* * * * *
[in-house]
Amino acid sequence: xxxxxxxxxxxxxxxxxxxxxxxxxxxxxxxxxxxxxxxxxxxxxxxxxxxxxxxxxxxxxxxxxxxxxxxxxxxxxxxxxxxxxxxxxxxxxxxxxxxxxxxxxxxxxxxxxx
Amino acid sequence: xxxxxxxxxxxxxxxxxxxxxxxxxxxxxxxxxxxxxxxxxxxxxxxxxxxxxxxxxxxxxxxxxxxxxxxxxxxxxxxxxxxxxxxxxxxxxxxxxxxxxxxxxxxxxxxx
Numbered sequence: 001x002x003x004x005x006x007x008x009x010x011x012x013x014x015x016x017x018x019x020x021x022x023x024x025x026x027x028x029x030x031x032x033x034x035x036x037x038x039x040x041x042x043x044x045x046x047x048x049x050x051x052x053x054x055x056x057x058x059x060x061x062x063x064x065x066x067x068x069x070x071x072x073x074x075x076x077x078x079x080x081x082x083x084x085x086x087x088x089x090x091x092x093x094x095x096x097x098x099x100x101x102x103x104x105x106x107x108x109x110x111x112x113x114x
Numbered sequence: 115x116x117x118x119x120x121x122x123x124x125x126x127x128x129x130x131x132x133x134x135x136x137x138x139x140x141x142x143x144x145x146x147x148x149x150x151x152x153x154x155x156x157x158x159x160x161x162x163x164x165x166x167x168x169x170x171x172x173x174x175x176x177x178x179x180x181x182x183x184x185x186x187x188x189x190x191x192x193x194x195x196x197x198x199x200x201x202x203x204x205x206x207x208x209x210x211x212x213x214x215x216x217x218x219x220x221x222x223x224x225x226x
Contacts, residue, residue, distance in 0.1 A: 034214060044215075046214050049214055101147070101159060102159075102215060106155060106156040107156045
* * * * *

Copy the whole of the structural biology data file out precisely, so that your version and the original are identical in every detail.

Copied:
[in-house]
Amino acid sequence: xxxxxxxxxxxxxxxxxxxxxxxxxxxxxxxxxxxxxxxxxxxxxxxxxxxxxxxxxxxxxxxxxxxxxxxxxxxxxxxxxxxxxxxxxxxxxxxxxxxxxxxxxxxxxxxxxx
Amino acid sequence: xxxxxxxxxxxxxxxxxxxxxxxxxxxxxxxxxxxxxxxxxxxxxxxxxxxxxxxxxxxxxxxxxxxxxxxxxxxxxxxxxxxxxxxxxxxxxxxxxxxxxxxxxxxxxxxx
Numbered sequence: 001x002x003x004x005x006x007x008x009x010x011x012x013x014x015x016x017x018x019x020x021x022x023x024x025x026x027x028x029x030x031x032x033x034x035x036x037x038x039x040x041x042x043x044x045x046x047x048x049x050x051x052x053x054x055x056x057x058x059x060x061x062x063x064x065x066x067x068x069x070x071x072x073x074x075x076x077x078x079x080x081x082x083x084x085x086x087x088x089x090x091x092x093x094x095x096x097x098x099x100x101x102x103x104x105x106x107x108x109x110x111x112x113x114x
Numbered sequence: 115x116x117x118x119x120x121x122x123x124x125x126x127x128x129x130x131x132x133x134x135x136x137x138x139x140x141x142x143x144x145x146x147x148x149x150x151x152x153x154x155x156x157x158x159x160x161x162x163x164x165x166x167x168x169x170x171x172x173x174x175x176x177x178x179x180x181x182x183x184x185x186x187x188x189x190x191x192x193x194x195x196x197x198x199x200x201x202x203x204x205x206x207x208x209x210x211x212x213x214x215x216x217x218x219x220x221x222x223x224x225x226x
Contacts, residue, residue, distance in 0.1 A: 034214060044215075046214050049214055101147070101159060102159075102215060106155060106156040107156045